Wells Fargo posted fourth-quarter earnings Friday that missed on the top and bottom lines. Shares rose, though, as the company CEO promised to keep working to restore the scandal-plagued company's image.
The San Francisco-based institution saw profit of 96 cents per share against estimates of $1 from analysts surveyed by Reuters. That represented a 6.8 percent decline from $1.03 per share from the same period in 2015. Revenue was $21.58 billion against Wall Street estimates of $22.451 billion.
The bank is coming off one of the most difficult years in its 165-year history. Regulators fined Wells Fargo in 2016 for creating false accounts for some 2 million customers. In addition to the scandal, which involved a process known as cross-selling, the bank also failed its "living will" test with the Fed.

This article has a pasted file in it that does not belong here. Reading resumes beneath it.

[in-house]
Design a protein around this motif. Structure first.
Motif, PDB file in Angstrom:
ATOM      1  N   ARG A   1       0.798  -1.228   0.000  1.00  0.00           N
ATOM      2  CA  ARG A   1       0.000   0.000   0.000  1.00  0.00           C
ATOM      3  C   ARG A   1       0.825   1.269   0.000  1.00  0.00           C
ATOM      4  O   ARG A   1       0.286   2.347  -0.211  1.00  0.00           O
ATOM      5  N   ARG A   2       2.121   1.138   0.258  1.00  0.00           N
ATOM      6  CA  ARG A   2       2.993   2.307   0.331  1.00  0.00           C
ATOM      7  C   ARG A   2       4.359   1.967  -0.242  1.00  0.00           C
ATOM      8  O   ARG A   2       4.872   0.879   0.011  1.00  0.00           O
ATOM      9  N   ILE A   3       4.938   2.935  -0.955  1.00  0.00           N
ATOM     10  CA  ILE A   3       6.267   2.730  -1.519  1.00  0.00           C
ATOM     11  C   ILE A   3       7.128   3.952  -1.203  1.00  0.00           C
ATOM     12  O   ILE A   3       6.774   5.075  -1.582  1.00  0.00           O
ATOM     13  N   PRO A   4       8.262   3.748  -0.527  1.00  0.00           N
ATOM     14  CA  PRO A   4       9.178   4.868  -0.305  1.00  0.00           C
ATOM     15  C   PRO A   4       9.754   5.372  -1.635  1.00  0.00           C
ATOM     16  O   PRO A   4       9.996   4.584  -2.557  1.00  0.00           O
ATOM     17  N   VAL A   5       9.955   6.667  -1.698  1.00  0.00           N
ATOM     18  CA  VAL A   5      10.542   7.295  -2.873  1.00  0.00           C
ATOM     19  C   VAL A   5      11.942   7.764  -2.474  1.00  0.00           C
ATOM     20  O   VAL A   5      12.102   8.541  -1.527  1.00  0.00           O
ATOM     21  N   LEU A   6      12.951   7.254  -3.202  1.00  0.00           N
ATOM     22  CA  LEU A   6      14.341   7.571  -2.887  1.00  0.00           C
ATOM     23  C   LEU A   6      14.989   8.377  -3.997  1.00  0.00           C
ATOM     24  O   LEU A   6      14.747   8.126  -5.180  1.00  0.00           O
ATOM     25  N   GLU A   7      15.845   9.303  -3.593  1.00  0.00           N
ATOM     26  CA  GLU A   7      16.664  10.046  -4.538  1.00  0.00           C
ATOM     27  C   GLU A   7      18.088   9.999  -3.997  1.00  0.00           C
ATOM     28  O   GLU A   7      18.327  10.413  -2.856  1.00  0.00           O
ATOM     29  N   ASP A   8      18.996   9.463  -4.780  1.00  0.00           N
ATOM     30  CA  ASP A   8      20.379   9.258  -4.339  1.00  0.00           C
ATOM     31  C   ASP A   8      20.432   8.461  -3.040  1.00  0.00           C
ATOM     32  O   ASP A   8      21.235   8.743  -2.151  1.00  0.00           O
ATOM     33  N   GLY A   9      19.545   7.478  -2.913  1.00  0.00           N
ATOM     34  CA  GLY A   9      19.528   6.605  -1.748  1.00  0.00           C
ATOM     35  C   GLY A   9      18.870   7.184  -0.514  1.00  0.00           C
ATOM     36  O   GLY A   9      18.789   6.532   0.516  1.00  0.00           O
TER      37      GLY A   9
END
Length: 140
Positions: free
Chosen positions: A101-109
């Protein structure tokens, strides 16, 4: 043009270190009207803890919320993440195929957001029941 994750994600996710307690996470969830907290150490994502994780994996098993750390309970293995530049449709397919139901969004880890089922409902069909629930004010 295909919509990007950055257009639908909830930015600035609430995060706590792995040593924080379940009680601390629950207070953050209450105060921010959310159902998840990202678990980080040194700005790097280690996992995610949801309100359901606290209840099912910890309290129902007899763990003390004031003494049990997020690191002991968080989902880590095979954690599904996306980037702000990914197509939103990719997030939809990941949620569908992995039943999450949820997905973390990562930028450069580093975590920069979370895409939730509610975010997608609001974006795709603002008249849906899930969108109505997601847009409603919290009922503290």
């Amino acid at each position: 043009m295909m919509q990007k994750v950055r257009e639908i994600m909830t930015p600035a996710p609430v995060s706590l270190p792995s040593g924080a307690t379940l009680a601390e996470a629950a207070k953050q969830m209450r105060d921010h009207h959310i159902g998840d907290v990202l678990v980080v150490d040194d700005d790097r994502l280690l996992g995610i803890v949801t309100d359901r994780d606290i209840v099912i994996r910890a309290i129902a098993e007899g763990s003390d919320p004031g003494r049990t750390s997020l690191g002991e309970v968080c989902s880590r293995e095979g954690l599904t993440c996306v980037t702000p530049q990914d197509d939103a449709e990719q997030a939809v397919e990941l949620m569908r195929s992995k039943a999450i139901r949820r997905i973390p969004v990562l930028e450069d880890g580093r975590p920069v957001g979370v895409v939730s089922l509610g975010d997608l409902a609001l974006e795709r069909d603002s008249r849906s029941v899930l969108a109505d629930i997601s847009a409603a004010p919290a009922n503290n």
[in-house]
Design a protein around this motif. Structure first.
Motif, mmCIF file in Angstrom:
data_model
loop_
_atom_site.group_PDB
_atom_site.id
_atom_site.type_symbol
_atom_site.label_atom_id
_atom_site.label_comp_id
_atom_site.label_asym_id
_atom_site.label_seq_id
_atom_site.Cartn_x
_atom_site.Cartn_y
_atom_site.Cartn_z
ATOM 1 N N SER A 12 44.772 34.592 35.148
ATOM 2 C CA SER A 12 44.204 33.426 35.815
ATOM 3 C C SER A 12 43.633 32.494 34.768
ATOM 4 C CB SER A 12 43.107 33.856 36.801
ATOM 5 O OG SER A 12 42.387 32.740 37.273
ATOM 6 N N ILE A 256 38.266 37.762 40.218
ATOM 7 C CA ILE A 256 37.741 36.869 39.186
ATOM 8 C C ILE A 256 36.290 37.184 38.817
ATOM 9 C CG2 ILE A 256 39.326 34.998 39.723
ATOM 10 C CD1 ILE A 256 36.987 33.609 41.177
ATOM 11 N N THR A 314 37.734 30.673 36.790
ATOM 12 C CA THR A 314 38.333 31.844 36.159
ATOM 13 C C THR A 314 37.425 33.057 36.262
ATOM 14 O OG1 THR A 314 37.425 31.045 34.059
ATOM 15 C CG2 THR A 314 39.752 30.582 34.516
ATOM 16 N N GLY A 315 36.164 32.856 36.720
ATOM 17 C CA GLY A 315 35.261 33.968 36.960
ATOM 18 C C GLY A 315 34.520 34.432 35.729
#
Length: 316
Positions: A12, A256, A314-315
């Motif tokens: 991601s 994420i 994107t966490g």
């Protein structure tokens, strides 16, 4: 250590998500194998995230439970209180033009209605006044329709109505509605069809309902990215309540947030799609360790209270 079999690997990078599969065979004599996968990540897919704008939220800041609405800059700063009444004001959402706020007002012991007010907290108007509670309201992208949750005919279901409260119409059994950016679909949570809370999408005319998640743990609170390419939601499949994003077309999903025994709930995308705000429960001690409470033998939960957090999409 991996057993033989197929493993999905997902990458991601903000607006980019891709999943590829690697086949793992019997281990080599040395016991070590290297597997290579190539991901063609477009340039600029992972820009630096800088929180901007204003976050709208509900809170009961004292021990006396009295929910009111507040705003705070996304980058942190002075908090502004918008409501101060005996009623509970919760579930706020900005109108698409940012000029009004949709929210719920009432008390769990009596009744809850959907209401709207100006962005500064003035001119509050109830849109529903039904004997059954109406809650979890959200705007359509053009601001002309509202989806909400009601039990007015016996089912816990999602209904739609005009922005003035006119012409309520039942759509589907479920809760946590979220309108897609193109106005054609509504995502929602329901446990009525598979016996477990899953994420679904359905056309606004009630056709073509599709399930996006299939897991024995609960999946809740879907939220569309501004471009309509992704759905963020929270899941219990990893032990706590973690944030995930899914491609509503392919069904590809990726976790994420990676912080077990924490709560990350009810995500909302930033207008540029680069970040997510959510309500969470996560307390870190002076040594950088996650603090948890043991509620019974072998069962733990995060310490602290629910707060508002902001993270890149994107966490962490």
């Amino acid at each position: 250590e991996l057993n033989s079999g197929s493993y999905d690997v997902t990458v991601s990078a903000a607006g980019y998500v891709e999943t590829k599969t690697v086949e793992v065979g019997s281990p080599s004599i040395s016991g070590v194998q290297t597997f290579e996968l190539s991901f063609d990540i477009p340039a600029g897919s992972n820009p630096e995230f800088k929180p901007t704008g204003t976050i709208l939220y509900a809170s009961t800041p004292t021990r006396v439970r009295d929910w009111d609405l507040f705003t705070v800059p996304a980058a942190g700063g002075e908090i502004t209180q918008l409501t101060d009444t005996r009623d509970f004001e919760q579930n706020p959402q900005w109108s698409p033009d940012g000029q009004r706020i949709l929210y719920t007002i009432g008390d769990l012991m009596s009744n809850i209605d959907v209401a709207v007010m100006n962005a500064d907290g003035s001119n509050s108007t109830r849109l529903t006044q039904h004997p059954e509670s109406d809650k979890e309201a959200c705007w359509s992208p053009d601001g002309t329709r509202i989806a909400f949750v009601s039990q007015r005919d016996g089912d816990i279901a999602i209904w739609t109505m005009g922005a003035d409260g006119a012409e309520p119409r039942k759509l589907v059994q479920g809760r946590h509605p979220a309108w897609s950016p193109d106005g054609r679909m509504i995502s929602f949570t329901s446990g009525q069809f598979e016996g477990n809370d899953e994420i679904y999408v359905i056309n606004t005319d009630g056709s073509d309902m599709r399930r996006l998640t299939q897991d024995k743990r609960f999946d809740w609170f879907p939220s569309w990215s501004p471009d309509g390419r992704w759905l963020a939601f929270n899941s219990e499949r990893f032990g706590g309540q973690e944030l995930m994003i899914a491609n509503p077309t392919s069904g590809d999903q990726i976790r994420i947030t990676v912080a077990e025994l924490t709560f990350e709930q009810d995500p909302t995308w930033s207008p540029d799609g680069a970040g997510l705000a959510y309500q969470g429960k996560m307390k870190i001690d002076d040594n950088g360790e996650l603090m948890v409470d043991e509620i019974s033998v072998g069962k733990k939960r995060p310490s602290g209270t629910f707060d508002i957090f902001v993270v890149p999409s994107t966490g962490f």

Company CEO Tim Sloan said the company continues to work to rehabilitate its image.
"We are leaving no stone unturned so that we can emerge from this a better, stronger company," Sloan said on a conference call with analysts.
Among the big changes the company has outlined and Sloan discussed Friday: Raising the fee reimbursement level to customers from $2.6 million to $3.2 million and raising the minimum wage for employees to up to $17. The company also has eliminated individual sales goals in favor of store-wide standards.
"We want to identify anyone who was negatively impacted so we can make things right," he said.